.04 If a defined benefit plan has a minimum service requirement that would preclude eligible employees from actually accruing benefits for a plan year, the application of section 410(b) of the Code to the snapshot population may overstate the plan’s coverage under section 410(b). For example, where a defined benefit plan has a provision requiring that an employee have 1,000 hours of service to accrue benefits, and the snapshot day is early in the plan year, employees who terminate after the snapshot day may have been treated as benefiting who do not in fact benefit. Similarly, if the snapshot day is later in the plan year, employees who terminate prior to the snapshot day and who fail to bene­fit because of the service requirement will not be reflected. Therefore, if employees terminate in a defined bene­fit plan with a minimum service re­quirement and the substantiation quality data or snapshot population does not reflect the level of turnover, an adjust­ment must be made to the test that reasonably compensates for the dif­ference between relative turnover rates among eligible HCEs and nonHCEs. The employer must account for the effect of the minimum service require­ment by making an appropriate adjust­ment to the ratio percentage or non­discriminatory classification percentage of section 410(b) to reflect termina­tions. For this purpose, an adjustment of 5 percent ( i.e. , 70 percent becomes 73.5 percent) for a 1,000 hour rule will be treated as a safe harbor.

 

.05 Similarly, if a defined contribu­tion plan has a minimum service re­quirement, such as a provision that limits allocations solely to those employees who are employed on the last day of the plan year, the applica­tion of section 410(b) of the Code to the snapshot population may overstate the plan’s coverage. Where a defined contribution plan’s substantiation quality data does not include actual allocation amounts as of the end of the year, however, the effect of a minimum service requirement and the need for any corresponding adjustment will de­pend upon whether the snapshot popu­lation reflects the level of turnover of eligible employees. If a defined con­tribution plan with a “last day” or similar service requirement has a snapshot day in the first quarter of the plan year and the plan’s substantiation quality data includes actual allocation amounts, then the snapshot population will be treated as accurately reflecting the plan’s coverage. In other cases where the snapshot population does not reflect the level of turnover, an adjustment must be made as described above in section 3.04. In addition, an adjust­ment to section 410(6) of 10 percent for a “last day” rule ( i.e. , 70 percent becomes 77 percent) will be treated as a safe harbor. The safe harbor adjust­ment of 10 percent also applies if the plan has both a last day rule and another minimum service requirement ( e.g. , 1,000 hour rule).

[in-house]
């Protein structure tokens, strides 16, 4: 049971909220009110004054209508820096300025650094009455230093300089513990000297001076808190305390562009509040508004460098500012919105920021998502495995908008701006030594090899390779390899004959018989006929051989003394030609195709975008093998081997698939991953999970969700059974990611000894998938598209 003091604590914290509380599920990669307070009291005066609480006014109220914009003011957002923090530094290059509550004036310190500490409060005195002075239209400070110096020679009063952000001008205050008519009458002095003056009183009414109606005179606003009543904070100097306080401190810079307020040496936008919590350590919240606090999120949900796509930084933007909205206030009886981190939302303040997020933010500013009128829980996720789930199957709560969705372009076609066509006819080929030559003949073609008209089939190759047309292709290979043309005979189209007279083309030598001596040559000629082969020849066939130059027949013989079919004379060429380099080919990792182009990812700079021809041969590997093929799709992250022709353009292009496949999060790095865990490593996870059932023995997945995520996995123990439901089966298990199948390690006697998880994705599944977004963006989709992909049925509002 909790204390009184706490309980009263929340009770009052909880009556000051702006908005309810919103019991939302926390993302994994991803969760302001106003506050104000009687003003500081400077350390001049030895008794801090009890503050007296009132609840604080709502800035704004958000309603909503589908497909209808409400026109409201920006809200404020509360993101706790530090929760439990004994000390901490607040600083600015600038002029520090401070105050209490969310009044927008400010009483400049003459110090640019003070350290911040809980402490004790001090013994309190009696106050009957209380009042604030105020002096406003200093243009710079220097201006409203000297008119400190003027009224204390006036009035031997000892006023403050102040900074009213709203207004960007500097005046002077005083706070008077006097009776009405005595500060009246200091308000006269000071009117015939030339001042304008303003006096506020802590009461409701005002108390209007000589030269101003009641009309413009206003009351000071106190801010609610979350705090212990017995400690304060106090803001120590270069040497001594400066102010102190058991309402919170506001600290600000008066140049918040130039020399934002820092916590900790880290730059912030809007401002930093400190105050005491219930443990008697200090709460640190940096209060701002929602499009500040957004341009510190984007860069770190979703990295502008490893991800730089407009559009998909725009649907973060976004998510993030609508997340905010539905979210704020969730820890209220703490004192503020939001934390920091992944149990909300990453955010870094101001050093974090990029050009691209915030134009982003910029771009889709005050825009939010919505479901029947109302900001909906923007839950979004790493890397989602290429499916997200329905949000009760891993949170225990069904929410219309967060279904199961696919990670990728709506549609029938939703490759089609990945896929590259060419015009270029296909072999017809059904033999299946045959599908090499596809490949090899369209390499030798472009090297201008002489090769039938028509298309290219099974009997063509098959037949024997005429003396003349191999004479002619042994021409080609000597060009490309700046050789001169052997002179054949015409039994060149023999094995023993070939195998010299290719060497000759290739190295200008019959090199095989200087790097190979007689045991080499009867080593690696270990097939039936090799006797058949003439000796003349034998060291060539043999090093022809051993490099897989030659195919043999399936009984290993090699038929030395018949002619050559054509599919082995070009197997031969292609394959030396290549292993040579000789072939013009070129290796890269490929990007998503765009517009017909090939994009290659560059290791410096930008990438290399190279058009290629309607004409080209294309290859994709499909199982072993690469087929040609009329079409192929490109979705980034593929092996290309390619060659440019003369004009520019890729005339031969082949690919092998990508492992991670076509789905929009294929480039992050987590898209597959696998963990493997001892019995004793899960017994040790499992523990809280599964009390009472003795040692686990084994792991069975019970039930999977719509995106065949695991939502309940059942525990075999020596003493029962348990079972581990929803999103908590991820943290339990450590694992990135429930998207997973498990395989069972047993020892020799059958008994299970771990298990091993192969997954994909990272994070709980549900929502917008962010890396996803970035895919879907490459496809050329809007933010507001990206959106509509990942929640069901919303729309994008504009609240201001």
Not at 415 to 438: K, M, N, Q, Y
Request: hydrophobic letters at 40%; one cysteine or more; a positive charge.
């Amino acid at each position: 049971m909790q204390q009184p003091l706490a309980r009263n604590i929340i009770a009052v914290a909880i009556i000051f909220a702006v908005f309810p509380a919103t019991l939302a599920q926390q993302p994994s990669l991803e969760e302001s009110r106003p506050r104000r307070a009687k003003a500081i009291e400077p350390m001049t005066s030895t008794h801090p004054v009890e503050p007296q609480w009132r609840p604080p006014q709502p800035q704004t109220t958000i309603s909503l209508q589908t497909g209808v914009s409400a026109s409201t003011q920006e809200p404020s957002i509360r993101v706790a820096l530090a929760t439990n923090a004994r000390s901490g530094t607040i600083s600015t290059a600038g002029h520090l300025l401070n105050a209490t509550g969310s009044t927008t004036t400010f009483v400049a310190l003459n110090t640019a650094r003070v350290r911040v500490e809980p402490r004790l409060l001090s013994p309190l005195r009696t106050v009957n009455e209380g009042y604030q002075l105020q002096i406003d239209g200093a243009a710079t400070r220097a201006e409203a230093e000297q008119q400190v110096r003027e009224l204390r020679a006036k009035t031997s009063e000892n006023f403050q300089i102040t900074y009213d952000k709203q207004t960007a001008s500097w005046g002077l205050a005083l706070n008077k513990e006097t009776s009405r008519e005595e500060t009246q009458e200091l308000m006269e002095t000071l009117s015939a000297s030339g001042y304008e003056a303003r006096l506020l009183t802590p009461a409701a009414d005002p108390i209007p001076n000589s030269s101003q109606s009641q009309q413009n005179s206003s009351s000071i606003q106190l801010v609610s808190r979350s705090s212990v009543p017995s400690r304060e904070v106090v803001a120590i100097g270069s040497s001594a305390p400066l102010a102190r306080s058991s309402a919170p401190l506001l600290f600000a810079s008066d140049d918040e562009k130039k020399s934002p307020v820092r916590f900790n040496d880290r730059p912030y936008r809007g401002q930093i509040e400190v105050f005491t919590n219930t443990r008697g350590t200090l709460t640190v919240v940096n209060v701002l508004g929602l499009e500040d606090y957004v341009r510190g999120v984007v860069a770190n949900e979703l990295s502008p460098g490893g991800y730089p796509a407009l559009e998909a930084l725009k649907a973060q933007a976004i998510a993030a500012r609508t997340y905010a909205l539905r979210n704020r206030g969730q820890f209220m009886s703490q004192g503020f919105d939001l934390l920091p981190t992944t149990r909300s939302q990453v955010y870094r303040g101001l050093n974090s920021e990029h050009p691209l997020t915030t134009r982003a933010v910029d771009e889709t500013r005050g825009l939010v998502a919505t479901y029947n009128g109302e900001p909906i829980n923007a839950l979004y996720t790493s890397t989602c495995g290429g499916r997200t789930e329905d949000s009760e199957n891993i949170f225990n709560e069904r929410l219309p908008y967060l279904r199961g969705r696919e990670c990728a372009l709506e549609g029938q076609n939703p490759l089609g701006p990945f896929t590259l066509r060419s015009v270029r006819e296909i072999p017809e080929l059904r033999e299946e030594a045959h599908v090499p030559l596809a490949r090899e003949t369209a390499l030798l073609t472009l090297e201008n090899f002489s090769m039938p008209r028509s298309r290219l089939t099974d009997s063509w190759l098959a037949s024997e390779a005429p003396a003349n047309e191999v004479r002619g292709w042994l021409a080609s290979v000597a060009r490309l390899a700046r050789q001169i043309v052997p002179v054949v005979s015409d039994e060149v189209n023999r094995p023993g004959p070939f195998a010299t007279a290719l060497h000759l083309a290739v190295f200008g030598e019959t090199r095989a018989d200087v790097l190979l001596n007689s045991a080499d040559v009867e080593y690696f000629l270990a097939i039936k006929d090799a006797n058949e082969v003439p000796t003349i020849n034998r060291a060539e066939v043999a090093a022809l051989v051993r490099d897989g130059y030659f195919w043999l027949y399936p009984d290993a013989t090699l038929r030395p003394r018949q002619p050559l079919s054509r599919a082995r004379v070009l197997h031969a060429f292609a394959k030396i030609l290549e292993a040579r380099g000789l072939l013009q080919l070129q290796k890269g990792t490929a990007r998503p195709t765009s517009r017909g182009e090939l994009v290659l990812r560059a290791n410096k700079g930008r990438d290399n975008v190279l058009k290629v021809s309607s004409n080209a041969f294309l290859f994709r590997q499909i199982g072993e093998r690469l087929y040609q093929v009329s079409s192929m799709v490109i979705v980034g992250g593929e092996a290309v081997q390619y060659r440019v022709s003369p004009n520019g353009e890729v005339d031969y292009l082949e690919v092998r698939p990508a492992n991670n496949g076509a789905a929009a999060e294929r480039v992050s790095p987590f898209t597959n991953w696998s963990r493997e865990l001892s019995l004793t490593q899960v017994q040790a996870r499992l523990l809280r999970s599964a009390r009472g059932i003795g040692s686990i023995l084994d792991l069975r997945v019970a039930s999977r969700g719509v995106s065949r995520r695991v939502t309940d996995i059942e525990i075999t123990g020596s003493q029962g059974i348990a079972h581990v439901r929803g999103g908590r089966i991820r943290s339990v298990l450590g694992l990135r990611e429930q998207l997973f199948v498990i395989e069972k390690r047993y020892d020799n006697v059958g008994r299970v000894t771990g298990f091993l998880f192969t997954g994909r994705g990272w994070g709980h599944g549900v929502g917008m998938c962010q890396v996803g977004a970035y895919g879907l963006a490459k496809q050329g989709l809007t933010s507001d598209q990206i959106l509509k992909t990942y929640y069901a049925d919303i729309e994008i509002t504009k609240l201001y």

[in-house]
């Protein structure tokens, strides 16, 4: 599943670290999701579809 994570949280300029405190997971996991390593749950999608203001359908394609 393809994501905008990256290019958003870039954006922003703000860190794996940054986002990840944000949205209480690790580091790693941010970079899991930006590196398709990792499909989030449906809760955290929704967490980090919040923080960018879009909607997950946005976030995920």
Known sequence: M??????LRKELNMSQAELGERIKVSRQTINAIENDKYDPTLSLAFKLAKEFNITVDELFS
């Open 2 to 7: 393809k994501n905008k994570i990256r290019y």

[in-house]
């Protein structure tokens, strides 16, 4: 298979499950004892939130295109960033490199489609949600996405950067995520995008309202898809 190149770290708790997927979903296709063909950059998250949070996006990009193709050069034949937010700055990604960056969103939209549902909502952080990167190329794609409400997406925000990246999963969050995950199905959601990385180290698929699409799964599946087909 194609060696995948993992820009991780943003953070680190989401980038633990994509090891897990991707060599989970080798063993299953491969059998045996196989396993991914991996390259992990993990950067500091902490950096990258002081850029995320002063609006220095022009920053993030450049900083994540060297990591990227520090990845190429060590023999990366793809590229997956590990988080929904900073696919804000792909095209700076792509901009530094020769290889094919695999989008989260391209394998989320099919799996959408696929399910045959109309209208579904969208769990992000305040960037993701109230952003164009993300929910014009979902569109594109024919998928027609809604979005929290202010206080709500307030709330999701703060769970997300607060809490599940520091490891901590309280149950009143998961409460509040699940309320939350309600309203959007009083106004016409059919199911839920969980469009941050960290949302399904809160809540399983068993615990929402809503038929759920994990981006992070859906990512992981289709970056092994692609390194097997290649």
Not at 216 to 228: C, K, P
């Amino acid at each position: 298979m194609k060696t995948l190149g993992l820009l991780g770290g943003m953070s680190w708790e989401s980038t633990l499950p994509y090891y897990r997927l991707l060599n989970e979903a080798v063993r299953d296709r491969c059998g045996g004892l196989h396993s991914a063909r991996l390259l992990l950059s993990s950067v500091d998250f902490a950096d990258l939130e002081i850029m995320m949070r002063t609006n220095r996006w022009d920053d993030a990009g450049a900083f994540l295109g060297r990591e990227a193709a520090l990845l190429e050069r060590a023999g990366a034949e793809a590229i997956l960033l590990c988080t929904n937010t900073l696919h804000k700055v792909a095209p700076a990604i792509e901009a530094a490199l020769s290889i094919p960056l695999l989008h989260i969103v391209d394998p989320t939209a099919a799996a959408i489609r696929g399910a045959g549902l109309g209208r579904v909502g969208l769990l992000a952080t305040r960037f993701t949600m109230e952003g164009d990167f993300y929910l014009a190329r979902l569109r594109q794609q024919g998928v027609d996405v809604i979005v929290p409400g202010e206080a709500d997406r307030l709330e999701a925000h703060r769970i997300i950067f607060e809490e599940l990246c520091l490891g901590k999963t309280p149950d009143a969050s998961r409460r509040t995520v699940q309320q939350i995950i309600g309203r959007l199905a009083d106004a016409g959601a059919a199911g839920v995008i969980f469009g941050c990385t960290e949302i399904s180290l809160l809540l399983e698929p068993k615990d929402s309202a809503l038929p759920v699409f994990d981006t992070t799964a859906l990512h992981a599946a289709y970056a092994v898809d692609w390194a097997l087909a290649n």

.06 Under this section 3, it is intended that all plan provisions that are in effect during the plan year be tested on the basis of the snapshot population. In certain cases, however, a plan may include a provision that must be tested in that plan year but that primarily affects employees who were employed prior to the snapshot day and who are not in the snapshot population. For example, the snapshot population would not reasonably represent the employees for whom an early retire­ment window is available if the win­dow was opened during the year and significant numbers of employees re­tired under the window prior to the snapshot day. In such case, the effect of the early retirement window is tested on the basis of a snapshot population that is reasonably representative of the employer’s workforce when the win­dow opens, such as the prior year’s snapshot population if it is reasonably representative.